Sermon Preached on Aldersgate Sunday 2014 at Rumney Methodist Church, Cardiff


May I speak and may we listen, in the name of God who is Father, Son and Holy Spirit. Amen.


Let me read to you, a short excerpt from John Wesley’s journal; an account which I’m sure you’ve all heard many times before, it’s Wesley recalling what was actually in many ways the turning point in his life and ministry:


‘In the evening I went very unwillingly to a society in Aldersgate Street, where one was reading Luther’s preface to the Epistle to the Romans. About a quarter before nine, while he was describing the change which God works in the heart through faith in Christ, I felt my heart strangely warmed. I felt I did trust in Christ, Christ alone, for salvation; and an assurance was given me that He had taken away my sins, even mine, and saved me from the law of sin and death.’


Now just think about this for a moment…


This is John Wesley, a few years away from 40, he’s long graduated, he’s been ordained eleven years, he had been a tutor and fellow at Oxford where he taught Greek and New Testament studies, and he already started the Holy Club there praying daily and living out the Gospel in pursuit of a devout and Christian life…and yet.


Here he is.


Completely caught out.






Set on fire.




And before this moment life had been busy, and full and hectic, he was saved from a burning vicarage as a child, ‘a brand plucked from the burning’ and just when he thought he had found love, his brother Charles intervenes and ensures that the girl he intended to marry is married off to someone else!


Charles knew, that his brother was destined to start something new and John had to be totally free to do it.


   Just in case you aren’t quite with me, what I’m trying to say is that Wesley’s Aldersgate experience, whatever you might call it: conversion, second conversion, filling with the Holy Spirit, baptism in the Holy Ghost….whatever it was it was happening to a developed Wesley, not Wesley the new Christian, but the Wesley who knew God’s word, who lived God’s word, who preached God’s word.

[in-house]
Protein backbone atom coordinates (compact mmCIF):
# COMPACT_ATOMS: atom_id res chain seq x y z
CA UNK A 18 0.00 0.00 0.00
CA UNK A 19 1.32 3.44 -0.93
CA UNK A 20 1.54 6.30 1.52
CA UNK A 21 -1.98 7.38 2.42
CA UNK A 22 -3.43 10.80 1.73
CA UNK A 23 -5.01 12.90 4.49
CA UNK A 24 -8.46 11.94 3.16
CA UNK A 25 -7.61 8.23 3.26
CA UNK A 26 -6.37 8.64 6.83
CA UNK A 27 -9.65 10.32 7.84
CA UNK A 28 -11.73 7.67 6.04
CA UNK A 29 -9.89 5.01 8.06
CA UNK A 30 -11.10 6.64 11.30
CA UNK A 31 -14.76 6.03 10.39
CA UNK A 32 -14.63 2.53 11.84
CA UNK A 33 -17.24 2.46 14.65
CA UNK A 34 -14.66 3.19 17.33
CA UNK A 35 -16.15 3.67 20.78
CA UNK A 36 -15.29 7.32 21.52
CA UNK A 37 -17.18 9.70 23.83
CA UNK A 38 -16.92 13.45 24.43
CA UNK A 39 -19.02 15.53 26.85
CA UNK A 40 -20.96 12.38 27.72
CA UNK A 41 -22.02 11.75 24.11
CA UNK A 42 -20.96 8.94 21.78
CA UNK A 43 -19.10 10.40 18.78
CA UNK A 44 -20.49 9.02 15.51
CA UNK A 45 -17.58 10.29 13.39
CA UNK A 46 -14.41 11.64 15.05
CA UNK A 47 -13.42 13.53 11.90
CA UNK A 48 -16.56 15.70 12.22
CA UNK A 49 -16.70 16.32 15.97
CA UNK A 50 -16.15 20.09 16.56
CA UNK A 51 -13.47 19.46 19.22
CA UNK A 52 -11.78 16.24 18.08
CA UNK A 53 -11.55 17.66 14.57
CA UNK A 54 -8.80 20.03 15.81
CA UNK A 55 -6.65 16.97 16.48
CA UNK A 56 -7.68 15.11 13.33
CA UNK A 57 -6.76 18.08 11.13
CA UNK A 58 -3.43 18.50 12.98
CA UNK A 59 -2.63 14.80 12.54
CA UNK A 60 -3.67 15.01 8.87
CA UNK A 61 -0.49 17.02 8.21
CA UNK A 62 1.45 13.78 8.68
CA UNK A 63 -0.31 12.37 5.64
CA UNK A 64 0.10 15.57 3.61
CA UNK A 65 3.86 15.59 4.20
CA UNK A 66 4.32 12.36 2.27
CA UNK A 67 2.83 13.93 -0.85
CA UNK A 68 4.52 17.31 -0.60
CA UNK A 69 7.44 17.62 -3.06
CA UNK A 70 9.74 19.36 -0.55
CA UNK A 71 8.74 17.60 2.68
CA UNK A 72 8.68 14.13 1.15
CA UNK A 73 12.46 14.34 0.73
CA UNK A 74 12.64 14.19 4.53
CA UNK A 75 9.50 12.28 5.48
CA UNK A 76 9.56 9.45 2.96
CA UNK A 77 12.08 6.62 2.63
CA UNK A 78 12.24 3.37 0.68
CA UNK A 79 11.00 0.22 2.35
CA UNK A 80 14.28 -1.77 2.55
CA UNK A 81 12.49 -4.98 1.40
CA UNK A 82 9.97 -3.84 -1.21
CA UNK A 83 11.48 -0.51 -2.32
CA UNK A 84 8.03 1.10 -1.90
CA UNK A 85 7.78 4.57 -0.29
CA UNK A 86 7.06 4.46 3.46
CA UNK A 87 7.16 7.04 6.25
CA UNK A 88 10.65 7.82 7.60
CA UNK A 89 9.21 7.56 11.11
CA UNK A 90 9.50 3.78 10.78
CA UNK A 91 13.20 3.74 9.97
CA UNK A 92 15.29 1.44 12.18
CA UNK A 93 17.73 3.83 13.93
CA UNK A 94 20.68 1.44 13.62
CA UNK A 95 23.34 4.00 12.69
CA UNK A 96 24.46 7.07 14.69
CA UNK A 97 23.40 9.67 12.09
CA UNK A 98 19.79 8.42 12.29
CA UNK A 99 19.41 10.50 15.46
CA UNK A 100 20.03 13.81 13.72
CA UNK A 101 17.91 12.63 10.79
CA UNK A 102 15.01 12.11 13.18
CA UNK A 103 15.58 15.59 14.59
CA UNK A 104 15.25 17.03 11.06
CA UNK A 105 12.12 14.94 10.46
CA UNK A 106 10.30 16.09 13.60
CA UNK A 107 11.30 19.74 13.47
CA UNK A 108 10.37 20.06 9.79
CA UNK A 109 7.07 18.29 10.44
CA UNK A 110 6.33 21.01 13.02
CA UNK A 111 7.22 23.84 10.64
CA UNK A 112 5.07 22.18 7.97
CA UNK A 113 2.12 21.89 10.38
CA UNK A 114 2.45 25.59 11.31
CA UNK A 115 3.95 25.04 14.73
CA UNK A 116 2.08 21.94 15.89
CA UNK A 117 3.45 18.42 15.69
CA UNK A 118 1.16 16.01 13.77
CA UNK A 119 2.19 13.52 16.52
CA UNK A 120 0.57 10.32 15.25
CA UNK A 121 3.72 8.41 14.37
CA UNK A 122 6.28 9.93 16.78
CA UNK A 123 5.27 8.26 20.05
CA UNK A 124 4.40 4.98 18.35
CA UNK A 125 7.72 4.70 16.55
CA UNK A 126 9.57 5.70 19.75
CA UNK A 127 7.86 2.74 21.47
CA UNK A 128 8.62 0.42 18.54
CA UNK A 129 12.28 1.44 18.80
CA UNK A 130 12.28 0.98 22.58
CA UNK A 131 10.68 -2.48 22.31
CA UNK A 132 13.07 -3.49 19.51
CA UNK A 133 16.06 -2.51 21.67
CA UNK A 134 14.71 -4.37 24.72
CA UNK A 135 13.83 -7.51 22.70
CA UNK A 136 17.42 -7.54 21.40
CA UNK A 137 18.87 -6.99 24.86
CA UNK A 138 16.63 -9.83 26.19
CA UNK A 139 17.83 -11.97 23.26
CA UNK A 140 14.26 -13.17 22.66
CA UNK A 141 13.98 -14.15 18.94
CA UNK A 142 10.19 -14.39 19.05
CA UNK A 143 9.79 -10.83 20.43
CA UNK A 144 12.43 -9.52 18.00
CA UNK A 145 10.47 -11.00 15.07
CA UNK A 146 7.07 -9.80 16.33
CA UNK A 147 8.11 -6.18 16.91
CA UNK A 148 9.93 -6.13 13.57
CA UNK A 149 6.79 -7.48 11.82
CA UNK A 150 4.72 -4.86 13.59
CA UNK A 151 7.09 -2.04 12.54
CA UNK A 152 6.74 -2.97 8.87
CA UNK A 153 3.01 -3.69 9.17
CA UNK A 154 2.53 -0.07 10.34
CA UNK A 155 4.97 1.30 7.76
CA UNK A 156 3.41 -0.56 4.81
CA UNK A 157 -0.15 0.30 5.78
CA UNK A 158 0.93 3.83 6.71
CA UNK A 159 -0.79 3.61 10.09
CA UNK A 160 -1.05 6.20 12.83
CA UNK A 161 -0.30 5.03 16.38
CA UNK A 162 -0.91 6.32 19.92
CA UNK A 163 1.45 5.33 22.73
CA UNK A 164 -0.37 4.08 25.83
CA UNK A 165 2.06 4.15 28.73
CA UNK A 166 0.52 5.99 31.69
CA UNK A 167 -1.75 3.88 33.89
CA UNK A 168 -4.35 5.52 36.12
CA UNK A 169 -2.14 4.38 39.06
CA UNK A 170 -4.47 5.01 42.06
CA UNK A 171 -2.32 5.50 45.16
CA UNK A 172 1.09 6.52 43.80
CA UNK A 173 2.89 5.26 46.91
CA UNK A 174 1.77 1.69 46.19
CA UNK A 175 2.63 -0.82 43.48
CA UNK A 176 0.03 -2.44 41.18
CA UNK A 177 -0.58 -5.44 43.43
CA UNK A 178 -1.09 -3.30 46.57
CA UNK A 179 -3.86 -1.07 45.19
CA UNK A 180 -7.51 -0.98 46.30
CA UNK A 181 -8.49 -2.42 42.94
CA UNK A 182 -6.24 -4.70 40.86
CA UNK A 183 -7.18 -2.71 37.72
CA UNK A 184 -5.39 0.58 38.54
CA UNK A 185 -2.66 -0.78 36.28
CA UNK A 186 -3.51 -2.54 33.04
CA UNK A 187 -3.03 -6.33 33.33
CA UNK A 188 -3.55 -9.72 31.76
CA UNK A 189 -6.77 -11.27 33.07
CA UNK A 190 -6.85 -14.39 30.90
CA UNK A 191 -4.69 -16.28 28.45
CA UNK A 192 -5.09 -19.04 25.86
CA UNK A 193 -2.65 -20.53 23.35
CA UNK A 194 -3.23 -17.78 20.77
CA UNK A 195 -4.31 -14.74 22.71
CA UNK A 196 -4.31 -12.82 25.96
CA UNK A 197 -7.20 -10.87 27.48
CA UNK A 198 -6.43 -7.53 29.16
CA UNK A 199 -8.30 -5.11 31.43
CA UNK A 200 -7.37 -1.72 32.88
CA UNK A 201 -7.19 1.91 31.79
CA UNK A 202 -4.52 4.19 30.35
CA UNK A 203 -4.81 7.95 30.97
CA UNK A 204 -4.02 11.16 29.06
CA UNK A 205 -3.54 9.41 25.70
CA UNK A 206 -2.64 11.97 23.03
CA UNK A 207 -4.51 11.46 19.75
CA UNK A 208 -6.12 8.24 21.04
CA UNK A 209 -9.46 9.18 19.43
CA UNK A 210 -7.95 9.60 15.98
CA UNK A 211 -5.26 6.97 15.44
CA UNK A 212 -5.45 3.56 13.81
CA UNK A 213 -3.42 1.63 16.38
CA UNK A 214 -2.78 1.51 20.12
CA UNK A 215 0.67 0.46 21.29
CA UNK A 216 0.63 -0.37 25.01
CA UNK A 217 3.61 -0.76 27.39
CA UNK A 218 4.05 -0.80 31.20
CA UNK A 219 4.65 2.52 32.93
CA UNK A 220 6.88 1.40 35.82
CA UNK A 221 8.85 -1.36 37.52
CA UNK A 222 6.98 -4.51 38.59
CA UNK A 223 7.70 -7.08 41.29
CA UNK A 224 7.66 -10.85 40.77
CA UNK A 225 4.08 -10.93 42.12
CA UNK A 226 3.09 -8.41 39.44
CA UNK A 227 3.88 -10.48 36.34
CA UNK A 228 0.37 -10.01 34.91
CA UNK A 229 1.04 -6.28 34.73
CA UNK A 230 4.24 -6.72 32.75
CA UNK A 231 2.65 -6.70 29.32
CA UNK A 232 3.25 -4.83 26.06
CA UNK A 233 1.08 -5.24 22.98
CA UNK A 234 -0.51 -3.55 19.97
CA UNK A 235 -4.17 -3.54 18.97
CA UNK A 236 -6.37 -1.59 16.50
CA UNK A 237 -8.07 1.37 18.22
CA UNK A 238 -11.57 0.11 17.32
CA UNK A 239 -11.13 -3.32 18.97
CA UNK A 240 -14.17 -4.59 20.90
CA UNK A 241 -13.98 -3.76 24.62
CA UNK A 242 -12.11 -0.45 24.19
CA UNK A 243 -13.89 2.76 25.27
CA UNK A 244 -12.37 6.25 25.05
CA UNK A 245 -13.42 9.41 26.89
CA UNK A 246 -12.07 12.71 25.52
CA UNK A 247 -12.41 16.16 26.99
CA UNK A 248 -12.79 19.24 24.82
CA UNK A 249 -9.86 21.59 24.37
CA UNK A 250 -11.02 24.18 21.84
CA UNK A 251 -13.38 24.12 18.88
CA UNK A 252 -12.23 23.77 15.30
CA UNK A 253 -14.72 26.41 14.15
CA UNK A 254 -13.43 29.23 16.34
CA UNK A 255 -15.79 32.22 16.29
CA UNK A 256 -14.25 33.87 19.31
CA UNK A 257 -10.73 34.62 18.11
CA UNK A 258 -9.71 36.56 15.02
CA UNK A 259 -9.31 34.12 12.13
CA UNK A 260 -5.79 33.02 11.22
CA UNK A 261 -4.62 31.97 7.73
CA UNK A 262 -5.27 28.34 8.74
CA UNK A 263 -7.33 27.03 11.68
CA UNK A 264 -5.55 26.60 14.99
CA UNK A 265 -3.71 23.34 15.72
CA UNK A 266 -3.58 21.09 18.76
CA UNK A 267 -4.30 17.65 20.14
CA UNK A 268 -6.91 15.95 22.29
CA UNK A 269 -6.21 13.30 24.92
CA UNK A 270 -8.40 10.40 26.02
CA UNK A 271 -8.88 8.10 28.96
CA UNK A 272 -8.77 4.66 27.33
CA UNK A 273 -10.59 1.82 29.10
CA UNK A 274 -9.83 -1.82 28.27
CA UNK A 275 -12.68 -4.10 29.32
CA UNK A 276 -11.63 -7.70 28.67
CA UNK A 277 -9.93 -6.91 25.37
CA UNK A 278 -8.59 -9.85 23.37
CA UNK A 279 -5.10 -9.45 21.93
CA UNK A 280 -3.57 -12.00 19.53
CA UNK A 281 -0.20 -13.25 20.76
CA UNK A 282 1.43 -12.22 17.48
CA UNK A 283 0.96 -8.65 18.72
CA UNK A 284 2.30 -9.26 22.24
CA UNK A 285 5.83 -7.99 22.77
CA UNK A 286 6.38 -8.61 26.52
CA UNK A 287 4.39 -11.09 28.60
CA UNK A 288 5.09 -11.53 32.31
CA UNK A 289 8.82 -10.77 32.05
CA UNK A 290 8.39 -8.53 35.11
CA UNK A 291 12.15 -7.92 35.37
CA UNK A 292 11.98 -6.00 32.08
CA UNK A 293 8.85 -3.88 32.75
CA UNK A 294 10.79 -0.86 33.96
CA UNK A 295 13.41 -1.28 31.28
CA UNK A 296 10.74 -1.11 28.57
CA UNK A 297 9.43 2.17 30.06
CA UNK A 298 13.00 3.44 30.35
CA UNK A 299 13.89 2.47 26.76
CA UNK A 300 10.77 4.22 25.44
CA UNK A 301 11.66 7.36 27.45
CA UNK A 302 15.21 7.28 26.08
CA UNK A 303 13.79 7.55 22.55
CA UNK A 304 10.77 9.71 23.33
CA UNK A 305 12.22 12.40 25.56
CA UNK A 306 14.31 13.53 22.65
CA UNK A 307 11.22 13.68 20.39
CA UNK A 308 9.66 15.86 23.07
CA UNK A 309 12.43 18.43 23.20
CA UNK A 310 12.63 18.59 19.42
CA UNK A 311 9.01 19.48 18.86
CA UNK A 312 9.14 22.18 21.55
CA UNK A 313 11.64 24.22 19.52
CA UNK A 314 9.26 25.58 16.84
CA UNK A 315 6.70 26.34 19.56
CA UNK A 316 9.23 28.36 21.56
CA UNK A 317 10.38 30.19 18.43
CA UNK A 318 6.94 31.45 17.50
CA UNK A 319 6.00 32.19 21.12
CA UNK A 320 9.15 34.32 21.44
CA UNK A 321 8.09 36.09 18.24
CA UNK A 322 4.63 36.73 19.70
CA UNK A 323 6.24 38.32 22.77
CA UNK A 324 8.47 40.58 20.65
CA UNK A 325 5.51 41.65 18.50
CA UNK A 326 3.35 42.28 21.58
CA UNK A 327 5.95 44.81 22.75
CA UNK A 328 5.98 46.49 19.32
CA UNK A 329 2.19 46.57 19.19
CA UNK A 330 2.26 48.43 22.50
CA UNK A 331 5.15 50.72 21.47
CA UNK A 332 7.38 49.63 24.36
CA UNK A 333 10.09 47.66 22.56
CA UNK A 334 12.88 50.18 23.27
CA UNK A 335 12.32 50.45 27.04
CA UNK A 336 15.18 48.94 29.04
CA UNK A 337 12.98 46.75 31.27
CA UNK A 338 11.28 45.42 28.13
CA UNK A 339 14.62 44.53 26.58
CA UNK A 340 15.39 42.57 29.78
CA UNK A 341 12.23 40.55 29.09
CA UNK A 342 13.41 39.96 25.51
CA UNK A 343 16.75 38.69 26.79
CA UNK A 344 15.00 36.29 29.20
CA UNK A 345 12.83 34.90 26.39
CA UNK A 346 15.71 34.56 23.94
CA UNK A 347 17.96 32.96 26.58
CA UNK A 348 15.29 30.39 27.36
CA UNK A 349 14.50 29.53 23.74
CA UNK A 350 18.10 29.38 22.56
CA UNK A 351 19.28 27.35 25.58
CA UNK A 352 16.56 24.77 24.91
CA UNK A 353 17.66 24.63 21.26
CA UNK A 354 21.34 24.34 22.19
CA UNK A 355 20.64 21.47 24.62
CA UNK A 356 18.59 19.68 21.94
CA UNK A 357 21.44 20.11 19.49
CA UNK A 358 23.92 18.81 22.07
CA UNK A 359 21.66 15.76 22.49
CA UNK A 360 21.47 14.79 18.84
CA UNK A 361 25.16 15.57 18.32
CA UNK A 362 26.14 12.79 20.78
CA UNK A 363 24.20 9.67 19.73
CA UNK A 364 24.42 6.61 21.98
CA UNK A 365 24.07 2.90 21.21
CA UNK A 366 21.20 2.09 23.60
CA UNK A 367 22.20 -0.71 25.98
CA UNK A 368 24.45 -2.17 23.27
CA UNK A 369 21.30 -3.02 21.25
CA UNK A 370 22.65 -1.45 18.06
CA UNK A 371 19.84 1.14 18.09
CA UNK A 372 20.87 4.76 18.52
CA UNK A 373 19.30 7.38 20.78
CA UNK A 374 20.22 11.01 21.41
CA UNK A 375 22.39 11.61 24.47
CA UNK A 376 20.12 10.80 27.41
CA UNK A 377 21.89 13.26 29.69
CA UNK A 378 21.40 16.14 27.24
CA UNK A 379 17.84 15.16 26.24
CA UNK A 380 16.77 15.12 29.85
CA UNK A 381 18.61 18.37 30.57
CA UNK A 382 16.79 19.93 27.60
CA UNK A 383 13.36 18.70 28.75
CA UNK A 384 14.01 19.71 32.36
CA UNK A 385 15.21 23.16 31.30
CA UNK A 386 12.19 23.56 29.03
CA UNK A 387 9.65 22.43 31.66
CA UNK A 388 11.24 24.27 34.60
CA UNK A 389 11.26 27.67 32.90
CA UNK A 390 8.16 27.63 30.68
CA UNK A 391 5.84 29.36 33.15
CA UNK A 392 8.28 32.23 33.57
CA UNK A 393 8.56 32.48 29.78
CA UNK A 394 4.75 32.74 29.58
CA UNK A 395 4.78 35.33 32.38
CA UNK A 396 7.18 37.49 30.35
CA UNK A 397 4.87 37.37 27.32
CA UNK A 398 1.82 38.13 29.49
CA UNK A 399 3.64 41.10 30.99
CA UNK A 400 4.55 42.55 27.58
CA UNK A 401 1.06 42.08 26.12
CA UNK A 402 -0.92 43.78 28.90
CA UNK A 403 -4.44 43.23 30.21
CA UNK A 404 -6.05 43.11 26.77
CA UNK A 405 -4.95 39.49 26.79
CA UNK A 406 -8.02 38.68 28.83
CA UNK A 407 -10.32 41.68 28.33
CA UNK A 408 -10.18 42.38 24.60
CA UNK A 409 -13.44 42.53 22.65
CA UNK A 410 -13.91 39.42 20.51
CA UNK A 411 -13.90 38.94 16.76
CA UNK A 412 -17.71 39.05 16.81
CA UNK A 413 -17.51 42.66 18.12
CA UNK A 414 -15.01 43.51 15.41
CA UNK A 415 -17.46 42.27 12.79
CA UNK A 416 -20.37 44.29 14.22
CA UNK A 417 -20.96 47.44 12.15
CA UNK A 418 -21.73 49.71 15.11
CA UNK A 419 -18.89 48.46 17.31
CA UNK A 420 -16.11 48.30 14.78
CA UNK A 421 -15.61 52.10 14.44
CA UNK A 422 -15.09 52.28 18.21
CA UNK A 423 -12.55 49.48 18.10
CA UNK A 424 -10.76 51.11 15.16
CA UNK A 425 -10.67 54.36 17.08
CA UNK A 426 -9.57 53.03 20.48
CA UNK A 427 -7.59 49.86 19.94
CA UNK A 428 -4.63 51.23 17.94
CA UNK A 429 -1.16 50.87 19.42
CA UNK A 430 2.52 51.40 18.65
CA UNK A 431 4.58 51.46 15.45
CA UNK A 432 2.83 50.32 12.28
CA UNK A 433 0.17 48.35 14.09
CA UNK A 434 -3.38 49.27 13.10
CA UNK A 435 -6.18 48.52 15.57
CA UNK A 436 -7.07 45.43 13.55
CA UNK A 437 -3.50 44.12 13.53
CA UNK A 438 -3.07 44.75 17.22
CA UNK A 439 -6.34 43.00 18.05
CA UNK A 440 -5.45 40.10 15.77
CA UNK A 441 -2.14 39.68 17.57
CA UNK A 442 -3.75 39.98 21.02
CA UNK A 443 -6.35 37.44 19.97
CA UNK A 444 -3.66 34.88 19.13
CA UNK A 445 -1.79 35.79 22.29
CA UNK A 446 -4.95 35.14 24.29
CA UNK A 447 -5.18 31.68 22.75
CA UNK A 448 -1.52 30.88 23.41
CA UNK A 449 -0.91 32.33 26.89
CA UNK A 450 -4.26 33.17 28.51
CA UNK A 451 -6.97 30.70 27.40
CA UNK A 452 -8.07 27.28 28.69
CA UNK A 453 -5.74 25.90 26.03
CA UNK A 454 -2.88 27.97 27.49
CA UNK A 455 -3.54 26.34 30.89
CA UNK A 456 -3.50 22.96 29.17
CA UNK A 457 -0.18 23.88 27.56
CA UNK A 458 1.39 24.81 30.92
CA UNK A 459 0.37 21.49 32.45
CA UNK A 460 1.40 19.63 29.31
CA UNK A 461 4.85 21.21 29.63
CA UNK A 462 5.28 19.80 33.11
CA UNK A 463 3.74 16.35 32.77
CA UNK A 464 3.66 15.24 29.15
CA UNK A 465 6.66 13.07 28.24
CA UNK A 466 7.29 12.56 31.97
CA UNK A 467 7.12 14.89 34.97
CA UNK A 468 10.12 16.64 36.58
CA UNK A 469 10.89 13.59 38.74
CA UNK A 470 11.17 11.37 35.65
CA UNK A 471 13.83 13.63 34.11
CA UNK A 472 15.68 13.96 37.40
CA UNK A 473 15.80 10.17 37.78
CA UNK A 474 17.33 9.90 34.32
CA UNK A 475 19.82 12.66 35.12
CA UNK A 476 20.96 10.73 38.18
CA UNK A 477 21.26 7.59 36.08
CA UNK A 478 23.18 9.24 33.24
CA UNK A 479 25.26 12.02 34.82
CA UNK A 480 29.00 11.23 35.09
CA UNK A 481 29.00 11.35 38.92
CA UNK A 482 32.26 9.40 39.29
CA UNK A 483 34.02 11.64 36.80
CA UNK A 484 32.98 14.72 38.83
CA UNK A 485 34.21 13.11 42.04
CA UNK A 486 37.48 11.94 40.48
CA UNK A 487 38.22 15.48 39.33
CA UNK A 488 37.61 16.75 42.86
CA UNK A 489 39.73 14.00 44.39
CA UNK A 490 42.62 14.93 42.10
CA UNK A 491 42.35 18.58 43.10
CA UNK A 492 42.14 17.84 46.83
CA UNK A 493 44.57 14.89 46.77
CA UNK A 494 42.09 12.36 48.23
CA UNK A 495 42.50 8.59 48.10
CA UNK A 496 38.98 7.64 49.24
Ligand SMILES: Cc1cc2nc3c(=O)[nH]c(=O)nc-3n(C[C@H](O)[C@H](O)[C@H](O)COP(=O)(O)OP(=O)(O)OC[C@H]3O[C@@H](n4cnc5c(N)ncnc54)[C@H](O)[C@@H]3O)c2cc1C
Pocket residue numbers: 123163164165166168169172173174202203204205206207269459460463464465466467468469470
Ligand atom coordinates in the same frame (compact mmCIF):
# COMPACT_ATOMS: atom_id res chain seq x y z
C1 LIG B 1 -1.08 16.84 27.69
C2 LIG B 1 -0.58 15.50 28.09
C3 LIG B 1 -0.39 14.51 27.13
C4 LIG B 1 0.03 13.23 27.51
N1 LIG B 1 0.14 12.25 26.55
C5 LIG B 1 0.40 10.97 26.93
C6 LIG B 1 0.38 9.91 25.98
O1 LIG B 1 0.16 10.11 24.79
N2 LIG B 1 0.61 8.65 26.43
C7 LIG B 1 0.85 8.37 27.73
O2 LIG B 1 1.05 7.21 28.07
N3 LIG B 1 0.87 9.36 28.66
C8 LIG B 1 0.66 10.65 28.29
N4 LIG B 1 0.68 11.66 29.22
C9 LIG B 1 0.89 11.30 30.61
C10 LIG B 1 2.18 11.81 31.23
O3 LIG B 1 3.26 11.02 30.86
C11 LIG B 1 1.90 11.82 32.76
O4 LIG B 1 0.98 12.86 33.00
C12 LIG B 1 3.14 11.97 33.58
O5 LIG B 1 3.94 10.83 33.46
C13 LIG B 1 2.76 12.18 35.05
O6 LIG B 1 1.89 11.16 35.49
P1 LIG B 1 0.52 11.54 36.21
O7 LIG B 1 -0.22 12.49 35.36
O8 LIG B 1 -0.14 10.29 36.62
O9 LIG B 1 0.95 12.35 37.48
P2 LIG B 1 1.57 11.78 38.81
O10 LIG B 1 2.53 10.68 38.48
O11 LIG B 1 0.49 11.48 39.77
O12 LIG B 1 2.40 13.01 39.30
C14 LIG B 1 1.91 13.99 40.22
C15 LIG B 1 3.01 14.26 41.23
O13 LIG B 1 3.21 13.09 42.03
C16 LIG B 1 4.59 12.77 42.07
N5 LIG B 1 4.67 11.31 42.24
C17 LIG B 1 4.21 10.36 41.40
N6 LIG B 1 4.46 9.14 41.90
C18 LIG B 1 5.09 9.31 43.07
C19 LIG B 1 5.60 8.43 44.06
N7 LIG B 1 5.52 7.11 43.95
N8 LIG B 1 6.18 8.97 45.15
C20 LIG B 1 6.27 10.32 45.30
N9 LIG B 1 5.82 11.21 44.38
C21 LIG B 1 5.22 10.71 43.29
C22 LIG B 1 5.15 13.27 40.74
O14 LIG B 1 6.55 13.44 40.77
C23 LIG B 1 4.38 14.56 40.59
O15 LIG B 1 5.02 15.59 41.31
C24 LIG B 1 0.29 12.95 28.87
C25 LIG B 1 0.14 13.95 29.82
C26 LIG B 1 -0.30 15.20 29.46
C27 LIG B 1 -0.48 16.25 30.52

So it would seem that what we heard in the first letter of Peter this morning is true, we grow into salvation…


This change didn’t happen at the beginning of John Wesley’s ministry. It didn’t happen when he was discerning a call to priesthood. He was already doing the tasks, he had already caught the vision of what God wanted him to do – and yet…


He says, I felt I did trust in Christ, Christ alone for my salvation, and an assurance was given me that He had taken away my sins, even mine, and saved me from the law of sin and death…


     You see before that day, Wesley KNEW that Christ was his only salvation, he KNEW that Christ had taken away his sins and indeed that that Christ had saved him from the law of sin and death.


But listen to what he says, he says I felt, I felt I did trust in Christ alone, he felt it….all that he had read, and studied and been told, suddenly made a journey from here (head) to here (heart), from his head to his heart, and he felt the warmth of the assurance of salvation. He was set free.


Free to become all that God had called him to be.


Free to preach God’s word as it was revealed to him.


Free now to speak of salvation not in an abstract way, but in a personal way, for the God he preached of was alive and his Holy Spirit burning away in the depths of his being.


   Our Gospel reading from John chapter 14 takes us to a really personal place in that Gospel – it’s funny it’s often people’s number one choice for funerals.


Jesus is surrounded by some of his disciples and they have finally understood, it would seem that this man that they’ve been following.


This Jesus who taught them all that know to be true.


This man from Nazareth who had become their Saviour and their friend…


Was actually going to die.


And for them it seems, that’s all that they understood. He was going to die, and he was going…


Like little children, who are too afraid to be left alone for two seconds for fear of losing their parents, the disciples are troubled, fearful, anxious…we hear again and again each of them asking “Lord, where are you going”?


   By this point you might have assumed they ought to have understood some of what Jesus had been saying all along, but nope. As usual. Lots of them haven’t quite got it.